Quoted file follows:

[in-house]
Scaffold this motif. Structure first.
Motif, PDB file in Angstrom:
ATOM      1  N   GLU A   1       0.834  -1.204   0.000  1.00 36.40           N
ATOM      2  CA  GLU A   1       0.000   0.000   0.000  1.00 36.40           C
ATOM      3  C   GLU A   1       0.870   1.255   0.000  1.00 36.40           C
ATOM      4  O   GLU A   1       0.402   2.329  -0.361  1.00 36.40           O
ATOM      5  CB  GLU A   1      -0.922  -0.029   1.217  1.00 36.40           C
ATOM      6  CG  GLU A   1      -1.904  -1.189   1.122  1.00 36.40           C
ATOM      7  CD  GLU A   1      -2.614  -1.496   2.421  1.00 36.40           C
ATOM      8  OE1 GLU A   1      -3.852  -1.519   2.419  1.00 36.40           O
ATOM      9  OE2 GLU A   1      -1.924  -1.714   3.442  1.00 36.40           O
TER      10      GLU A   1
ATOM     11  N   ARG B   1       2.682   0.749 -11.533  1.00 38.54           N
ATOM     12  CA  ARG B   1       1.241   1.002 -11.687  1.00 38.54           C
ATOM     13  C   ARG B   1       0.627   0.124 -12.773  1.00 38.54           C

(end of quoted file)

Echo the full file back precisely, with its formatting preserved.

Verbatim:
[in-house]
Scaffold this motif. Structure first.
Motif, PDB file in Angstrom:
ATOM      1  N   GLU A   1       0.834  -1.204   0.000  1.00 36.40           N
ATOM      2  CA  GLU A   1       0.000   0.000   0.000  1.00 36.40           C
ATOM      3  C   GLU A   1       0.870   1.255   0.000  1.00 36.40           C
ATOM      4  O   GLU A   1       0.402   2.329  -0.361  1.00 36.40           O
ATOM      5  CB  GLU A   1      -0.922  -0.029   1.217  1.00 36.40           C
ATOM      6  CG  GLU A   1      -1.904  -1.189   1.122  1.00 36.40           C
ATOM      7  CD  GLU A   1      -2.614  -1.496   2.421  1.00 36.40           C
ATOM      8  OE1 GLU A   1      -3.852  -1.519   2.419  1.00 36.40           O
ATOM      9  OE2 GLU A   1      -1.924  -1.714   3.442  1.00 36.40           O
TER      10      GLU A   1
ATOM     11  N   ARG B   1       2.682   0.749 -11.533  1.00 38.54           N
ATOM     12  CA  ARG B   1       1.241   1.002 -11.687  1.00 38.54           C
ATOM     13  C   ARG B   1       0.627   0.124 -12.773  1.00 38.54           C